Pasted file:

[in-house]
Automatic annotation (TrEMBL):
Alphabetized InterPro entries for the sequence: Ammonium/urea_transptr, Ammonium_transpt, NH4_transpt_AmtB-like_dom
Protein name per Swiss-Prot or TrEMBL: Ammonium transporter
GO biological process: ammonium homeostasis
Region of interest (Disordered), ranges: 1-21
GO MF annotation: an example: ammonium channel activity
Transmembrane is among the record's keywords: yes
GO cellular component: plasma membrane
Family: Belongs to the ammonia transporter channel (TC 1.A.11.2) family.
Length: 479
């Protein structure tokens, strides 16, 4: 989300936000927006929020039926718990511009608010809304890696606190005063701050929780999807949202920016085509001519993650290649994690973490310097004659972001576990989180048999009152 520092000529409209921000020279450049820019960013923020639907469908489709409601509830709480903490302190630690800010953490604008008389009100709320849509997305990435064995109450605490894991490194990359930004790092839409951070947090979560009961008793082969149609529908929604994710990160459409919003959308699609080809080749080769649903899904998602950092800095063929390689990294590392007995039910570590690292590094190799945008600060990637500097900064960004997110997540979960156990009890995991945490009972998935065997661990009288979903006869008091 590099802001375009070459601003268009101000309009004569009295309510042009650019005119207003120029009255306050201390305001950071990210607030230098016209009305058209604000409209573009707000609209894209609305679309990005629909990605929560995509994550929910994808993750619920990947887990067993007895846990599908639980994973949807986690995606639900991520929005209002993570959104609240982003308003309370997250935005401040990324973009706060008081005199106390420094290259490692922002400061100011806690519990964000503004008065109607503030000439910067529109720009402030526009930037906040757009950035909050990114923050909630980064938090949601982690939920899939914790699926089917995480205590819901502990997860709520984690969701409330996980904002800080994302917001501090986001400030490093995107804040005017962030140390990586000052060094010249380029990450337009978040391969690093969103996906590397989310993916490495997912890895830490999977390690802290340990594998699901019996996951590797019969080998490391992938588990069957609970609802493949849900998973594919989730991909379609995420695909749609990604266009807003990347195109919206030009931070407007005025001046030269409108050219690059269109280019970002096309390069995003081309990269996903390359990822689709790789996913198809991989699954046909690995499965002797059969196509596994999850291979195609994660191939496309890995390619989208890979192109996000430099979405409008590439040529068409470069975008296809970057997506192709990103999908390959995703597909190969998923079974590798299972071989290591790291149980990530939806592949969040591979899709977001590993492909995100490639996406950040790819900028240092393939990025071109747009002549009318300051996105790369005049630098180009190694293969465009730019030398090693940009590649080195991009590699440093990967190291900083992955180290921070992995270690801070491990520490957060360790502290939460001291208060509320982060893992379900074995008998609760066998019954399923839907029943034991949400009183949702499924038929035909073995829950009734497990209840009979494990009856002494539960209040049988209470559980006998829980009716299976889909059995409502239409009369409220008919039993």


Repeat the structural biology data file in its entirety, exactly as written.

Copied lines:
[in-house]
Automatic annotation (TrEMBL):
Alphabetized InterPro entries for the sequence: Ammonium/urea_transptr, Ammonium_transpt, NH4_transpt_AmtB-like_dom
Protein name per Swiss-Prot or TrEMBL: Ammonium transporter
GO biological process: ammonium homeostasis
Region of interest (Disordered), ranges: 1-21
GO MF annotation: an example: ammonium channel activity
Transmembrane is among the record's keywords: yes
GO cellular component: plasma membrane
Family: Belongs to the ammonia transporter channel (TC 1.A.11.2) family.
Length: 479
């Protein structure tokens, strides 16, 4: 989300936000927006929020039926718990511009608010809304890696606190005063701050929780999807949202920016085509001519993650290649994690973490310097004659972001576990989180048999009152 520092000529409209921000020279450049820019960013923020639907469908489709409601509830709480903490302190630690800010953490604008008389009100709320849509997305990435064995109450605490894991490194990359930004790092839409951070947090979560009961008793082969149609529908929604994710990160459409919003959308699609080809080749080769649903899904998602950092800095063929390689990294590392007995039910570590690292590094190799945008600060990637500097900064960004997110997540979960156990009890995991945490009972998935065997661990009288979903006869008091 590099802001375009070459601003268009101000309009004569009295309510042009650019005119207003120029009255306050201390305001950071990210607030230098016209009305058209604000409209573009707000609209894209609305679309990005629909990605929560995509994550929910994808993750619920990947887990067993007895846990599908639980994973949807986690995606639900991520929005209002993570959104609240982003308003309370997250935005401040990324973009706060008081005199106390420094290259490692922002400061100011806690519990964000503004008065109607503030000439910067529109720009402030526009930037906040757009950035909050990114923050909630980064938090949601982690939920899939914790699926089917995480205590819901502990997860709520984690969701409330996980904002800080994302917001501090986001400030490093995107804040005017962030140390990586000052060094010249380029990450337009978040391969690093969103996906590397989310993916490495997912890895830490999977390690802290340990594998699901019996996951590797019969080998490391992938588990069957609970609802493949849900998973594919989730991909379609995420695909749609990604266009807003990347195109919206030009931070407007005025001046030269409108050219690059269109280019970002096309390069995003081309990269996903390359990822689709790789996913198809991989699954046909690995499965002797059969196509596994999850291979195609994660191939496309890995390619989208890979192109996000430099979405409008590439040529068409470069975008296809970057997506192709990103999908390959995703597909190969998923079974590798299972071989290591790291149980990530939806592949969040591979899709977001590993492909995100490639996406950040790819900028240092393939990025071109747009002549009318300051996105790369005049630098180009190694293969465009730019030398090693940009590649080195991009590699440093990967190291900083992955180290921070992995270690801070491990520490957060360790502290939460001291208060509320982060893992379900074995008998609760066998019954399923839907029943034991949400009183949702499924038929035909073995829950009734497990209840009979494990009856002494539960209040049988209470559980006998829980009716299976889909059995409502239409009369409220008919039993």